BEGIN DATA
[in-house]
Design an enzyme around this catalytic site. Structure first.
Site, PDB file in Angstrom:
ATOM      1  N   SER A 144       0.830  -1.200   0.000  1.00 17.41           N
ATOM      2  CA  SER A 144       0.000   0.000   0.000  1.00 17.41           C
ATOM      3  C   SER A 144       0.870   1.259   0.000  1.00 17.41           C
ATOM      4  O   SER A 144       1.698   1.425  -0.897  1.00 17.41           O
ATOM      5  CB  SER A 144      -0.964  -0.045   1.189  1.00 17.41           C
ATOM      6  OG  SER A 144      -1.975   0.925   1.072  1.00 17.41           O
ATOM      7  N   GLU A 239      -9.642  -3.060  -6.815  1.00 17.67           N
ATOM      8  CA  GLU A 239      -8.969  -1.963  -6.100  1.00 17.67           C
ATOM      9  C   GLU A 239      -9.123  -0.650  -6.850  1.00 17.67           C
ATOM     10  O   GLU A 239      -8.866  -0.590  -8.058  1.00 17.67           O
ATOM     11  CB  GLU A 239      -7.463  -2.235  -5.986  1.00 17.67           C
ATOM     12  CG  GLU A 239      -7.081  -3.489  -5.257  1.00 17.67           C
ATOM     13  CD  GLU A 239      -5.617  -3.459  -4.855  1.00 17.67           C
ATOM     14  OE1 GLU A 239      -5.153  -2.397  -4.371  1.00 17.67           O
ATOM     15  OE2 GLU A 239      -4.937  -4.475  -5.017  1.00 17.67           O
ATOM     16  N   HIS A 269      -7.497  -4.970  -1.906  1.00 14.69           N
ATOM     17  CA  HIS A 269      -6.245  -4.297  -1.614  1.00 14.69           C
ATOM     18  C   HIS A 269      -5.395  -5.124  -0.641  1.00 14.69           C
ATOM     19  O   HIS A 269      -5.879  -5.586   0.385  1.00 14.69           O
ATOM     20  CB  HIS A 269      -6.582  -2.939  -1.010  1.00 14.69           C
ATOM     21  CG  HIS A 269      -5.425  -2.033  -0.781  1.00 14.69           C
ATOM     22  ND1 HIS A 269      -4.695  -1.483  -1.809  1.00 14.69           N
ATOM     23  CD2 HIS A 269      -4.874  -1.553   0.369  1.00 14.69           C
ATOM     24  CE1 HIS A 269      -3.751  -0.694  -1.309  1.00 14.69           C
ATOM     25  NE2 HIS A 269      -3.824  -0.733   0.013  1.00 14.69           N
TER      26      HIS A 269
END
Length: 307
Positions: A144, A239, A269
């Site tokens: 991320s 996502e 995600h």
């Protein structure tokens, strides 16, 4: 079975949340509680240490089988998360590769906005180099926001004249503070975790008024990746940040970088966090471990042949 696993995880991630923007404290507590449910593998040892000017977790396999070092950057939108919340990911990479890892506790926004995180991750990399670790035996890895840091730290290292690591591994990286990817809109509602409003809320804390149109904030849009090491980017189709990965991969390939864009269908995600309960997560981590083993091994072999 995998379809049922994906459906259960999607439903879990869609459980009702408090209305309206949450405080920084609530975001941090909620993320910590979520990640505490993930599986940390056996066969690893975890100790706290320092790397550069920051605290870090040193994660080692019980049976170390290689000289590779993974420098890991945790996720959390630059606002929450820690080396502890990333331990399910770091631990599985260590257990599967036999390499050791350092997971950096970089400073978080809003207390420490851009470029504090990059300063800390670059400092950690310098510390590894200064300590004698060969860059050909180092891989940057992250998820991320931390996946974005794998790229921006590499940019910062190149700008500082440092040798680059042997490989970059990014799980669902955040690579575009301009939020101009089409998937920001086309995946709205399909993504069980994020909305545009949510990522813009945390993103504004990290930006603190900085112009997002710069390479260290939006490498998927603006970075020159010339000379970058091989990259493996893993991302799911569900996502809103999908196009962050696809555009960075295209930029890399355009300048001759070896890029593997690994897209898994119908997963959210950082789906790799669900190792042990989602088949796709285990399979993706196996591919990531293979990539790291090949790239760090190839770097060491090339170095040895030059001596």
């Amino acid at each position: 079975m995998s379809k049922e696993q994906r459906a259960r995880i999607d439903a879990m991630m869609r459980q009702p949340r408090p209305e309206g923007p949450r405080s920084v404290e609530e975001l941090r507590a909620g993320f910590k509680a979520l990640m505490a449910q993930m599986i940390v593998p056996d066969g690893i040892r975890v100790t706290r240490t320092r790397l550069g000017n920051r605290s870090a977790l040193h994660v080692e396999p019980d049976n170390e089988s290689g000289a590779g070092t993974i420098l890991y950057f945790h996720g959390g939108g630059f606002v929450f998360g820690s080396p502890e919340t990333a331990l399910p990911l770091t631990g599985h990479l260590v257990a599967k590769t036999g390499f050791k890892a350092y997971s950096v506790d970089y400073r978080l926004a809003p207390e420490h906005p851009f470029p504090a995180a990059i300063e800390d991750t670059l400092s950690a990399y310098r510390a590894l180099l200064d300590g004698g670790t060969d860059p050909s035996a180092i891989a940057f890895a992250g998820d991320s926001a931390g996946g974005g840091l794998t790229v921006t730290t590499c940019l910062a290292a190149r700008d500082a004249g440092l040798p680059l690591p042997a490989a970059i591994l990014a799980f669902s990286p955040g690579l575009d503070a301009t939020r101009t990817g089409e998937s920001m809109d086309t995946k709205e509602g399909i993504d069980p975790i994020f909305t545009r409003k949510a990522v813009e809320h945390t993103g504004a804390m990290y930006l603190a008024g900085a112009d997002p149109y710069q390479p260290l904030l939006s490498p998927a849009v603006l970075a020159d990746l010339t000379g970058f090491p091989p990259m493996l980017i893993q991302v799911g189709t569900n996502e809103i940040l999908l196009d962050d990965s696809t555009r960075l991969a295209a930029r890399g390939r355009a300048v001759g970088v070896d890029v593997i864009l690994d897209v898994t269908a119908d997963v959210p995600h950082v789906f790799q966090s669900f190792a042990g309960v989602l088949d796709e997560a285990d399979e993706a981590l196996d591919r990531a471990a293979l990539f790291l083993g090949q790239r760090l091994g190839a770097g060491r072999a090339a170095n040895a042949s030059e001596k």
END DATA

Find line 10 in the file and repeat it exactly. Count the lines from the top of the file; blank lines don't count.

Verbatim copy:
ATOM      7  N   GLU A 239      -9.642  -3.060  -6.815  1.00 17.67           N